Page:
Is It Clutter or Hoarding Disorder? Understanding the Mess, and When to Get Help

Eva Hagan - Author

Feb. 2 2024, Published 4:40 p.m. ET

A bedroom that is full of items covering the bed and the floor.
Source: iStock

If you've ever moved houses or tried to pack for a trip, you may have noticed an excess of clutter in your home. Clutter is common among most people, and can happen for many reasons. However, hoarding is very different from clutter and is more than just having a messy room.

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Those with hoarding disorder can experience an emotional response and extreme distress when letting go and not procuring items. Unlike clutter, this is a mental health issue and can negatively affect someone's hygiene, quality of life, and personal relationships. Here is how to tell the difference between clutter and hoarding.

A messy attic full of boxes and storage.
Source: iStock
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What is clutter?

According to the International OCD Foundation, the DSM-5 defines clutter as “a large group of usually unrelated or marginally related objects piled together in a disorganized fashion in spaces designed for other purposes (e.g. tabletops, floor, hallway).”

Although clutter can be a sign of hoarding, there are many other reasons spaces can be cluttered. For example, cabinets, storage spaces, and attics are very common spaces of clutter but usually still allow living spaces to be used as intended.

According to the Cleveland Clinic, today's extreme consumer culture makes clutter more common than it used to be. Constant trends, advertising, and the influx of social media often make us buy more than we need and sometimes more than we have space for.

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A pile of clothes and items that cover up an entire room.
Source: iStock

What is hoarding?

Hoarding is a medical disorder and is more severe than clutter. According to the Mayo Clinic, hoarding can be described as ongoing disorganized clutter because getting rid of and not acquiring these items causes distress. Even if the items hold very little value, such as trash, those with hoarding disorder can find throwing away these items very difficult.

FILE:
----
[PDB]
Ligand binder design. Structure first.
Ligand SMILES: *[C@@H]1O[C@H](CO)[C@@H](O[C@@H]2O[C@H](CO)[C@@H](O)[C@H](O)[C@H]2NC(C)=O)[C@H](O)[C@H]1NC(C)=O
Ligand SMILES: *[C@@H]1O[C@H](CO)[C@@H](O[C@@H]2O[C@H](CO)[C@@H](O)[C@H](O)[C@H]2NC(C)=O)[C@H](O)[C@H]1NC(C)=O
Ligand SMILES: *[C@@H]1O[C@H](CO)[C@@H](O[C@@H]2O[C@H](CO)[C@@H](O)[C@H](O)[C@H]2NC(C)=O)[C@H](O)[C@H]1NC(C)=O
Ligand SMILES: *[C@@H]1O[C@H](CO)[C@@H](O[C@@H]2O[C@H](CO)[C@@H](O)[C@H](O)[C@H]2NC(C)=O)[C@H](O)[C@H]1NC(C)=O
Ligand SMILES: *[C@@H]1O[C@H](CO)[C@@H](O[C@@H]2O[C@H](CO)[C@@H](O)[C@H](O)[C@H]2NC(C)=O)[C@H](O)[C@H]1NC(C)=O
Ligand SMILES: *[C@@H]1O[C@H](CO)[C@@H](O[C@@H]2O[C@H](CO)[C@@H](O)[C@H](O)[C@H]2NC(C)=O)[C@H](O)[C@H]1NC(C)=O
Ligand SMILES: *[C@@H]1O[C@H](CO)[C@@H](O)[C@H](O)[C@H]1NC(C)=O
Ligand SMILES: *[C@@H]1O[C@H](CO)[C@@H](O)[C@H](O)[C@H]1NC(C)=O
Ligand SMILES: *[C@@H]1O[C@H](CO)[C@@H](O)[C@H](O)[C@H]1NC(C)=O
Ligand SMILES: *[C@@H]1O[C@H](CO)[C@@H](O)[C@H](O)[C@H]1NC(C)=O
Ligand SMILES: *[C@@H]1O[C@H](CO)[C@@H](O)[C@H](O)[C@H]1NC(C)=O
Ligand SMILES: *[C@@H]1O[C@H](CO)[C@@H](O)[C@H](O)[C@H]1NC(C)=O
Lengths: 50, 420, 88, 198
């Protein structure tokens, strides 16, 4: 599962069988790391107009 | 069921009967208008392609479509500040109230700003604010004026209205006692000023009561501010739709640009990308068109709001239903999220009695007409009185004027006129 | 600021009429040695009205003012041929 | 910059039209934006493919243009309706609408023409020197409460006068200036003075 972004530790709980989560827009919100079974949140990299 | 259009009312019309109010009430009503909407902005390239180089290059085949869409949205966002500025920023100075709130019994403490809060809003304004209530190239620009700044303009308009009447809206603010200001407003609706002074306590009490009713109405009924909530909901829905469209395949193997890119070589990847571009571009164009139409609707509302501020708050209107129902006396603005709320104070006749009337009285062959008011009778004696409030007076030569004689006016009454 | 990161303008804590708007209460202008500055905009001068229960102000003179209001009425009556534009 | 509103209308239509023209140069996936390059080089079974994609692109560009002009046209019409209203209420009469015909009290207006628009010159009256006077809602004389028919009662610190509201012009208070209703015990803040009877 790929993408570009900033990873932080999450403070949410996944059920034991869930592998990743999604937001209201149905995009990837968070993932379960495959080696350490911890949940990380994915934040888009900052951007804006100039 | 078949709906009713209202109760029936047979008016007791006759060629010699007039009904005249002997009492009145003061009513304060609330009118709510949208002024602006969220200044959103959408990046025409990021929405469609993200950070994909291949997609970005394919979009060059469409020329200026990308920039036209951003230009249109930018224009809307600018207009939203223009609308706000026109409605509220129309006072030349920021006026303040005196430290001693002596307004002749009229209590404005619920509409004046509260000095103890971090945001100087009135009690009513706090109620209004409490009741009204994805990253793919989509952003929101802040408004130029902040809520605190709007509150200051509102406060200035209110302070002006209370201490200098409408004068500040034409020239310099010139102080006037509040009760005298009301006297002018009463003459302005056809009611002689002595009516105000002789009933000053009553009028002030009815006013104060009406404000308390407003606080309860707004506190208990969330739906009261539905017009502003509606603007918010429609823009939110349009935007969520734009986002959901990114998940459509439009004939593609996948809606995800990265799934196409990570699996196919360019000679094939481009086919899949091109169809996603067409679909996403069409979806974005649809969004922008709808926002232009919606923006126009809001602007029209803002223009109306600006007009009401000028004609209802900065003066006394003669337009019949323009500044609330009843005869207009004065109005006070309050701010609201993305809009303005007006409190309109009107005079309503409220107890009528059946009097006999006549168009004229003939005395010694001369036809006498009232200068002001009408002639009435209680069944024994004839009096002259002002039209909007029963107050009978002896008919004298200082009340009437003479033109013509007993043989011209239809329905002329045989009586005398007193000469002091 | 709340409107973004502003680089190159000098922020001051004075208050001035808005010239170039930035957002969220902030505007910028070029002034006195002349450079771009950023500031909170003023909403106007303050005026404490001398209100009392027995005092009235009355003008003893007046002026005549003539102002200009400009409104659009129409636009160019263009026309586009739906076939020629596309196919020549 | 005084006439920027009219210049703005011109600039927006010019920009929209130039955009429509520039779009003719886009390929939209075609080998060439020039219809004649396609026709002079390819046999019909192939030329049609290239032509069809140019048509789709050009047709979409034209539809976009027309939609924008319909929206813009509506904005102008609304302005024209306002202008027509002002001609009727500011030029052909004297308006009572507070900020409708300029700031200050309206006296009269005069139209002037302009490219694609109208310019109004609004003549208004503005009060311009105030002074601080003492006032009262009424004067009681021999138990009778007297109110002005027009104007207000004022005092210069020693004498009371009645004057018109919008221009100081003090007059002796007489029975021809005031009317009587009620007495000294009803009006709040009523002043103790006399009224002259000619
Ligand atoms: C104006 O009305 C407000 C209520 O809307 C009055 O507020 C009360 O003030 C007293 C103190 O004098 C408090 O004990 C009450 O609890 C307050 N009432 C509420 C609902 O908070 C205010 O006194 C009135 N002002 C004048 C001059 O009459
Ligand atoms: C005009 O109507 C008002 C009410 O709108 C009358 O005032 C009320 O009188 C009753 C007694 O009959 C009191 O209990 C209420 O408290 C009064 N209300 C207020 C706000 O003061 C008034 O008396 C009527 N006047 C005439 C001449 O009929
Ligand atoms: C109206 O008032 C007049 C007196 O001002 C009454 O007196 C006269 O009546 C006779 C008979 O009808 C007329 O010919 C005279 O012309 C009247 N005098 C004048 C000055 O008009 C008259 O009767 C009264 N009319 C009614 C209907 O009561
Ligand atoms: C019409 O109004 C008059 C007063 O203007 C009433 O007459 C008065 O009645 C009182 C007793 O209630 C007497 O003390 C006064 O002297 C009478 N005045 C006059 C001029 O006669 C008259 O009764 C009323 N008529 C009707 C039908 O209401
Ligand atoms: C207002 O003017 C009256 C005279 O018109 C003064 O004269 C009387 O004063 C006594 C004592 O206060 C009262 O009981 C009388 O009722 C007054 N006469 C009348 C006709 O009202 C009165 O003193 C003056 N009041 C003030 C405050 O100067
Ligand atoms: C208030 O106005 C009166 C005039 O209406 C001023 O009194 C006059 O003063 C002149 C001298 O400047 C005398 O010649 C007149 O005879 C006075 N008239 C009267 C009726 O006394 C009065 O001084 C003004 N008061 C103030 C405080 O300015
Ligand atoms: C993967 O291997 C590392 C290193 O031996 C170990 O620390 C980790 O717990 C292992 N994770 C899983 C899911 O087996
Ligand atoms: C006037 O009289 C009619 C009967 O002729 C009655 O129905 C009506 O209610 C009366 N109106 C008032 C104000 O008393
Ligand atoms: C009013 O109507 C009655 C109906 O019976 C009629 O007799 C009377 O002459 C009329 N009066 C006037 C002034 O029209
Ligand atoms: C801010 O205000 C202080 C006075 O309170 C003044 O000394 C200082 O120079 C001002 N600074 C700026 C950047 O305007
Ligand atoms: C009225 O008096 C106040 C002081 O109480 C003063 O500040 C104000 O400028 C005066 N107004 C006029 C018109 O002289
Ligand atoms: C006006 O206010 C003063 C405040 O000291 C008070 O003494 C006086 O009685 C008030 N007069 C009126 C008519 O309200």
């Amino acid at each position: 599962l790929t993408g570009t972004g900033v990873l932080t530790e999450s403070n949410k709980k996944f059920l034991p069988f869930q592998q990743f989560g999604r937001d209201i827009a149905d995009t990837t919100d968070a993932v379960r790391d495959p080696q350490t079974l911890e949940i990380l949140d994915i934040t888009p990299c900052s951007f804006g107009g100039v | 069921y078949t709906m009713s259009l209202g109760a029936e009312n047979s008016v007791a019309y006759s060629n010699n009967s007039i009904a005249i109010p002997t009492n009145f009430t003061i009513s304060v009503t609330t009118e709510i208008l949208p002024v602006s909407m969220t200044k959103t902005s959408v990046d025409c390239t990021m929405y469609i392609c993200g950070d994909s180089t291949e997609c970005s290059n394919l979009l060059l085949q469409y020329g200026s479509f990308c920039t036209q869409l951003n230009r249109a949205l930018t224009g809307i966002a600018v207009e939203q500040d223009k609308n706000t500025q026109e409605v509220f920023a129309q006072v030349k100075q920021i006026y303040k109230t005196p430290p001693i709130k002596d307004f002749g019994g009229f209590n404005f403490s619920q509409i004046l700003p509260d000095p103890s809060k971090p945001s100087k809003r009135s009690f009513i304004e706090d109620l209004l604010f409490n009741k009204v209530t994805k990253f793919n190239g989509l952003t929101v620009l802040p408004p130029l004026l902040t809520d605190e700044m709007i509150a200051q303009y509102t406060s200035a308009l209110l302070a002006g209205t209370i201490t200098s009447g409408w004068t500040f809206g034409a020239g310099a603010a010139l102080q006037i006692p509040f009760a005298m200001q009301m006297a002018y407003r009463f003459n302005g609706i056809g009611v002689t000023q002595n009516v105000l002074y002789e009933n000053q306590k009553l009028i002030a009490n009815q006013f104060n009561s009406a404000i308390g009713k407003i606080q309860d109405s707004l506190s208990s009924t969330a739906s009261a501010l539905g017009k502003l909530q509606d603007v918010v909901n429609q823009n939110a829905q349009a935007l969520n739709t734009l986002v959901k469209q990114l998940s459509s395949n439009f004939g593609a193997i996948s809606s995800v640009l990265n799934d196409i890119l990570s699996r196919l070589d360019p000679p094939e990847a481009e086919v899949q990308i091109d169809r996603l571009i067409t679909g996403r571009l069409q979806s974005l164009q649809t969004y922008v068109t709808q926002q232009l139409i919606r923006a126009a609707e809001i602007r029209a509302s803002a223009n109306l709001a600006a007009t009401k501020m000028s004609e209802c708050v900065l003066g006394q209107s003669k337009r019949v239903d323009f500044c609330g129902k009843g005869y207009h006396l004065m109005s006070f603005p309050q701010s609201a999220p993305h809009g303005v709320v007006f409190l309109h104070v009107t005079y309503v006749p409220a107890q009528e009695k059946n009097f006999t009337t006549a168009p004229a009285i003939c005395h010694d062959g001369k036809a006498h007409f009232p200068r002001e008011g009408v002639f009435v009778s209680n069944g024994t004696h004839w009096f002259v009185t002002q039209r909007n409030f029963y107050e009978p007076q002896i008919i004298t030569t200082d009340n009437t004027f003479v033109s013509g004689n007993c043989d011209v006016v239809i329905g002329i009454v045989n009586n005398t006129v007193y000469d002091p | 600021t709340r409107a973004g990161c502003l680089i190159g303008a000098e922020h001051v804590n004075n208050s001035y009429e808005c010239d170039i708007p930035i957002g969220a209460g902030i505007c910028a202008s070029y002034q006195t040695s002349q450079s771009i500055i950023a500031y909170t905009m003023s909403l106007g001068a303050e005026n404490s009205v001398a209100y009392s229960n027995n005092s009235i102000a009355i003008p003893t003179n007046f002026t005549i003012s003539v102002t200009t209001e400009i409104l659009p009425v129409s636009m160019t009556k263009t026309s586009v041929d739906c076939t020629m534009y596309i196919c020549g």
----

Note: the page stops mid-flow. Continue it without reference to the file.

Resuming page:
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According to the Cleveland Clinic, around two to six percent of people in the United States have hoarding disorder. Some symptoms of hoarding disorder include:

  • Uncontrollable need to save items, regardless of value

  • Abnormal stress when needing to throw items away

  • Withdrawing from personal relationships

  • Feeling unable to get rid of items

  • Spaces have become unusable from clutter

  • The constant worry of needing items in the future

A photo of a woman through a mirror who lives in a cluttered space.
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There are many reasons someone could have a hoarding disorder, which include having a relative with the disorder, a traumatic life event, a substance abuse disorder, and another mental health condition.

Hoarding disorder can range in severity, but in some cases, it can lead to a buildup of items that can interfere with living conditions. Items can overtake areas so that areas such as kitchens, bedrooms, and bathrooms can become unusable. However, even at this point, those with hoarding disorder can find it hard to get rid of things, per the Cleveland Clinic.

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According to CBC, the Frost Hoarding Scale is a good tool for determining whether you are dealing with hoarding or everyday clutter. This scale uses images of rooms that vary in clutter levels. Those who score high on the scale, usually at a six or above, could be experiencing hoarding disorder and could benefit from professional help.

Although this is a good guide, it is not a foolproof way to determine if someone is dealing with a hoarding disorder. If you are worried that a loved one is hoarding, it is a good idea to get professional help for guidance.

You can get support from places such as Hoarding Cleanup, which provides a directory of mental health providers and cleanup services.

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